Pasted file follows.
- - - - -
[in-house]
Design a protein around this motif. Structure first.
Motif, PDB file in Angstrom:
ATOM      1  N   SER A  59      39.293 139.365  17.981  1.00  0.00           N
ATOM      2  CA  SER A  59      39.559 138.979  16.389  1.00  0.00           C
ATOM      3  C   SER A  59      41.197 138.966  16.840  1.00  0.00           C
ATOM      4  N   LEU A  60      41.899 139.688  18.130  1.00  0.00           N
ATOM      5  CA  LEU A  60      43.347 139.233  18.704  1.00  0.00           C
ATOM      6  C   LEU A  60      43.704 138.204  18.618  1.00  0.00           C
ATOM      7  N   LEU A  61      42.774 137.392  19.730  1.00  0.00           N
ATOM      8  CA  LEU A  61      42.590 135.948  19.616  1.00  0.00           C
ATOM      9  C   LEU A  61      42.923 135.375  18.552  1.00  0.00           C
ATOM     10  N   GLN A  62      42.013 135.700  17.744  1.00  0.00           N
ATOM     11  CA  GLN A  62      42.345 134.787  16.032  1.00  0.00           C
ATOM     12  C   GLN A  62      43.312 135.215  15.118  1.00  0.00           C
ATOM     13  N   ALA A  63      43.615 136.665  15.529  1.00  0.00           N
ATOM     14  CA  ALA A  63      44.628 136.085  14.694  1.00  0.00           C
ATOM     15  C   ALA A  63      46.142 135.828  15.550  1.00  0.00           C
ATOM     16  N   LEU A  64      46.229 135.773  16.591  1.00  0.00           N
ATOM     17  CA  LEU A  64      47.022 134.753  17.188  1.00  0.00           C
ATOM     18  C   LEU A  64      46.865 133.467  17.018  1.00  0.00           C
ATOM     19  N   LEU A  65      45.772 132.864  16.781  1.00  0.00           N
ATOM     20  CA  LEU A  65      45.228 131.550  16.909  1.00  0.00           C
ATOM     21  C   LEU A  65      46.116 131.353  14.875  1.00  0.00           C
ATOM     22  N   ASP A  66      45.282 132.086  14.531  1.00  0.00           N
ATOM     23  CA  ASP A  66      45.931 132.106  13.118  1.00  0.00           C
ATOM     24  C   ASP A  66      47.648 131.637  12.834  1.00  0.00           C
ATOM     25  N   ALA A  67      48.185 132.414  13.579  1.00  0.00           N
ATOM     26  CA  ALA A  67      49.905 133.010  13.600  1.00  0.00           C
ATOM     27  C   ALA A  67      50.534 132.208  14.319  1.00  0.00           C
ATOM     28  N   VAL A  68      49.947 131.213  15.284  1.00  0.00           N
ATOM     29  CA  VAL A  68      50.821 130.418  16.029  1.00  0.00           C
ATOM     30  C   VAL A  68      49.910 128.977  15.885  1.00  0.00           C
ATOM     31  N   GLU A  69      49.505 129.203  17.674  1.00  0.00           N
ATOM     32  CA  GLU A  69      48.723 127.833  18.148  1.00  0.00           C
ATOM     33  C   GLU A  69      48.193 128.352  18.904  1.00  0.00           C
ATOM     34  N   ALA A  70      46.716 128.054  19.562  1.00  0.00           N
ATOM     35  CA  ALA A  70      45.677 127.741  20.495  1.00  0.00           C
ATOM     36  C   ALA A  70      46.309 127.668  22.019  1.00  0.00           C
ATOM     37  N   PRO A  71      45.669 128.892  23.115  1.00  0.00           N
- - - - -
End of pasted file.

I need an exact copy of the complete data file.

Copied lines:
[in-house]
Design a protein around this motif. Structure first.
Motif, PDB file in Angstrom:
ATOM      1  N   SER A  59      39.293 139.365  17.981  1.00  0.00           N
ATOM      2  CA  SER A  59      39.559 138.979  16.389  1.00  0.00           C
ATOM      3  C   SER A  59      41.197 138.966  16.840  1.00  0.00           C
ATOM      4  N   LEU A  60      41.899 139.688  18.130  1.00  0.00           N
ATOM      5  CA  LEU A  60      43.347 139.233  18.704  1.00  0.00           C
ATOM      6  C   LEU A  60      43.704 138.204  18.618  1.00  0.00           C
ATOM      7  N   LEU A  61      42.774 137.392  19.730  1.00  0.00           N
ATOM      8  CA  LEU A  61      42.590 135.948  19.616  1.00  0.00           C
ATOM      9  C   LEU A  61      42.923 135.375  18.552  1.00  0.00           C
ATOM     10  N   GLN A  62      42.013 135.700  17.744  1.00  0.00           N
ATOM     11  CA  GLN A  62      42.345 134.787  16.032  1.00  0.00           C
ATOM     12  C   GLN A  62      43.312 135.215  15.118  1.00  0.00           C
ATOM     13  N   ALA A  63      43.615 136.665  15.529  1.00  0.00           N
ATOM     14  CA  ALA A  63      44.628 136.085  14.694  1.00  0.00           C
ATOM     15  C   ALA A  63      46.142 135.828  15.550  1.00  0.00           C
ATOM     16  N   LEU A  64      46.229 135.773  16.591  1.00  0.00           N
ATOM     17  CA  LEU A  64      47.022 134.753  17.188  1.00  0.00           C
ATOM     18  C   LEU A  64      46.865 133.467  17.018  1.00  0.00           C
ATOM     19  N   LEU A  65      45.772 132.864  16.781  1.00  0.00           N
ATOM     20  CA  LEU A  65      45.228 131.550  16.909  1.00  0.00           C
ATOM     21  C   LEU A  65      46.116 131.353  14.875  1.00  0.00           C
ATOM     22  N   ASP A  66      45.282 132.086  14.531  1.00  0.00           N
ATOM     23  CA  ASP A  66      45.931 132.106  13.118  1.00  0.00           C
ATOM     24  C   ASP A  66      47.648 131.637  12.834  1.00  0.00           C
ATOM     25  N   ALA A  67      48.185 132.414  13.579  1.00  0.00           N
ATOM     26  CA  ALA A  67      49.905 133.010  13.600  1.00  0.00           C
ATOM     27  C   ALA A  67      50.534 132.208  14.319  1.00  0.00           C
ATOM     28  N   VAL A  68      49.947 131.213  15.284  1.00  0.00           N
ATOM     29  CA  VAL A  68      50.821 130.418  16.029  1.00  0.00           C
ATOM     30  C   VAL A  68      49.910 128.977  15.885  1.00  0.00           C
ATOM     31  N   GLU A  69      49.505 129.203  17.674  1.00  0.00           N
ATOM     32  CA  GLU A  69      48.723 127.833  18.148  1.00  0.00           C
ATOM     33  C   GLU A  69      48.193 128.352  18.904  1.00  0.00           C
ATOM     34  N   ALA A  70      46.716 128.054  19.562  1.00  0.00           N
ATOM     35  CA  ALA A  70      45.677 127.741  20.495  1.00  0.00           C
ATOM     36  C   ALA A  70      46.309 127.668  22.019  1.00  0.00           C
ATOM     37  N   PRO A  71      45.669 128.892  23.115  1.00  0.00           N